The Mail and Photos apps are also getting some updates in OS X El Capitan. First, Mail will support iOS-style gestures of managing messages. For example, in the Inbox, you can swipe a message right to mark an email read or unread, and swipe left to delete it. It’s about time that some of the features from iOS are brought back into OS X. Smart Suggestions will recognise names and events, allowing them to be added to contacts and calendars easily. Photos is getting third-party editing tools through extensions installed from the Mac App Store, bringing more capabilities and customisations to the app.
I don’t use Mail and Photos, opting instead to use Airmail 2 and Adobe Lightroom respectively. These apps can do much more than OS X’s stock ones. But for most users, Mail and Photos are plenty good too.
The Notes app has finally grown up from being a toy. You were supposed to use it to jot notes, but prior to OS X El Capitan there were so many things you could not do with Notes. Now, you can attach photos and videos. You can create checklists, and through iCloud all your notes can be kept up to date across all your devices. It’s finally becoming useful.
Apple’s Safari web browser has gained a new Pinned Sites feature. Similar to Chrome, this feature lets you keep frequently used websites permanently opened. Their tabs are grouped into the left side of the browser’s tab bar, and you cannot accidentally close them. Safari will continue to keep these tabs updated in the background, so whenever you click back to the tab, it’s always current. This is great for websites you want to be always opened, such as Gmail, Facebook, or some work related web application.
Safari now makes it possible to play some web videos directly to an Apple TV over AirPlay, without needing to mirror your entire desktop. Compatible videos will show an AirPlay icon. A related aspect of videos are about them annoying ones that autoplay and you don’t want to hear them. Safari shows an indication in the tab if audio is playing from it, and you can now mute all tabs, or just a single tab, instantly.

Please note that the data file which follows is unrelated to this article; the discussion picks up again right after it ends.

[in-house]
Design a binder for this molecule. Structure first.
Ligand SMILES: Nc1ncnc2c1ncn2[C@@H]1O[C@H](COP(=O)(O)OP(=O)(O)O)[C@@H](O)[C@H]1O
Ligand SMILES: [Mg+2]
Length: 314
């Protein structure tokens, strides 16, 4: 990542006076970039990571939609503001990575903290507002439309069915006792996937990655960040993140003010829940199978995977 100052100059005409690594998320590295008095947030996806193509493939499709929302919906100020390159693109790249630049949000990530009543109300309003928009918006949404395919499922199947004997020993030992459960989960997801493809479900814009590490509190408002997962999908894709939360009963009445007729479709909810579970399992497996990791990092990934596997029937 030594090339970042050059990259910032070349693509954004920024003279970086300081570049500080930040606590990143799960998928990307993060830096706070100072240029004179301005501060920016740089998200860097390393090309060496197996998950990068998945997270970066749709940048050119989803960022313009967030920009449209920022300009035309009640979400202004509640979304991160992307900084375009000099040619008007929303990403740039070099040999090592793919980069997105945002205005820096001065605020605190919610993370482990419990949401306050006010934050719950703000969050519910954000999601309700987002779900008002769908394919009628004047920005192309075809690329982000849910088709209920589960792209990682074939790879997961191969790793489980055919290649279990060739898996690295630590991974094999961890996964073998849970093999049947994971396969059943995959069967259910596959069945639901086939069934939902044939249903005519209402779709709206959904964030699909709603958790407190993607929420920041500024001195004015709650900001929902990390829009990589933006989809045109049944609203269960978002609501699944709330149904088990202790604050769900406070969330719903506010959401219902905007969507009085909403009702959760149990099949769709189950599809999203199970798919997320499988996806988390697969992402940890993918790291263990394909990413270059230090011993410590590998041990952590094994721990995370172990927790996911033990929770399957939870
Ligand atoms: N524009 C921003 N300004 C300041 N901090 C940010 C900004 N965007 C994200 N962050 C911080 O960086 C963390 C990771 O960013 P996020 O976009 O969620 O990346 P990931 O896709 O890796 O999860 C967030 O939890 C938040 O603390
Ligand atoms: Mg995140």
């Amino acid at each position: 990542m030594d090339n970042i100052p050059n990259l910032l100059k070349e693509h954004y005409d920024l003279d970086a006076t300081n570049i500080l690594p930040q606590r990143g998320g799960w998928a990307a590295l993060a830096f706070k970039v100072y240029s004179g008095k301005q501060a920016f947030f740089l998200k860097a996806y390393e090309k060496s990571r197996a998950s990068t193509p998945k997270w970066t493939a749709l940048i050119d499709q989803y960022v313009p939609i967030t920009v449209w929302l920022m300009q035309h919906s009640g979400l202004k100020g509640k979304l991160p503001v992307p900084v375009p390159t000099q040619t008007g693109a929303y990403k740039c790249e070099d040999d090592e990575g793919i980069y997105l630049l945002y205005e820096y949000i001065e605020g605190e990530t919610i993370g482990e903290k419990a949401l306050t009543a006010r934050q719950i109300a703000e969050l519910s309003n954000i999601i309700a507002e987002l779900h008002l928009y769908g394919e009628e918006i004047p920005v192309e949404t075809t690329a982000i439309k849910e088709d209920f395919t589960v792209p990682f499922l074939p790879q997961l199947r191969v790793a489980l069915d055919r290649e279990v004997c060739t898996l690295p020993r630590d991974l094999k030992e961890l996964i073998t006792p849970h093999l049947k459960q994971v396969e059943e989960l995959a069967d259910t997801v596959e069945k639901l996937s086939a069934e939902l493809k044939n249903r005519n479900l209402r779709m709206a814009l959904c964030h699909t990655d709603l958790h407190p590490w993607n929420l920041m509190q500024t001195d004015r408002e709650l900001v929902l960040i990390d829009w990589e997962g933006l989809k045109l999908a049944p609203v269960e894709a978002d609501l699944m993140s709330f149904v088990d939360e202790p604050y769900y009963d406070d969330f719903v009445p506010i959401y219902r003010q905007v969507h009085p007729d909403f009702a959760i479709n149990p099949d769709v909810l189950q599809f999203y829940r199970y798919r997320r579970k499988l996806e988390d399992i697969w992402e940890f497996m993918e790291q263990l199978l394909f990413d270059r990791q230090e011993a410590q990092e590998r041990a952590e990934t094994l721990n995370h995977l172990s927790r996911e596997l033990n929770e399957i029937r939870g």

There are a lot more smaller tweaks, such as a shake to enlarge mouse pointer, a revamped Disk Utility, and others. Dashboard is marked for deprecation, as it is now disabled by default when installing OS X El Capitan. You can re-enable it manually if you want to use it.
I’m most excited about the under-the-hood performance improvements. With OS X El Capitan, Apple introduces a new Metal graphics core technology that gives games and apps near-direct access to the graphics processor. Apple claims Metal speeds up system-level graphics rendering by up to 50 percent, and up to 40 percent more efficient. Metal will greatly benefit games and other pro apps such as Adobe CC may see significant performance gains.
In other performance areas, Apple claims:
- Up to 1.4x faster app launch
- Up to 2x faster app switching
- Up to 2x faster display of first Mail messages
- Up to 4x faster PDF opening in Preview
There are more developer and pro-level improvements, including for example that
/usr is not writable even to root, but I’ll not go into this area in this article.
To be honest, OS X El Capitan is not hugely different from Yosemite. This is not necessarily a bad thing, because it means El Capitan will remain largely familiar to existing Mac users. The small enhancements throughout the operating system brings welcome conveniences and overall improvements. That it’s a free upgrade makes it pretty much a no-brainer, not different from updating to the latest version of iOS on your iPhones or iPads.
Remember to set aside about 45 minutes of your time for the El Capitan upgrade to be completed.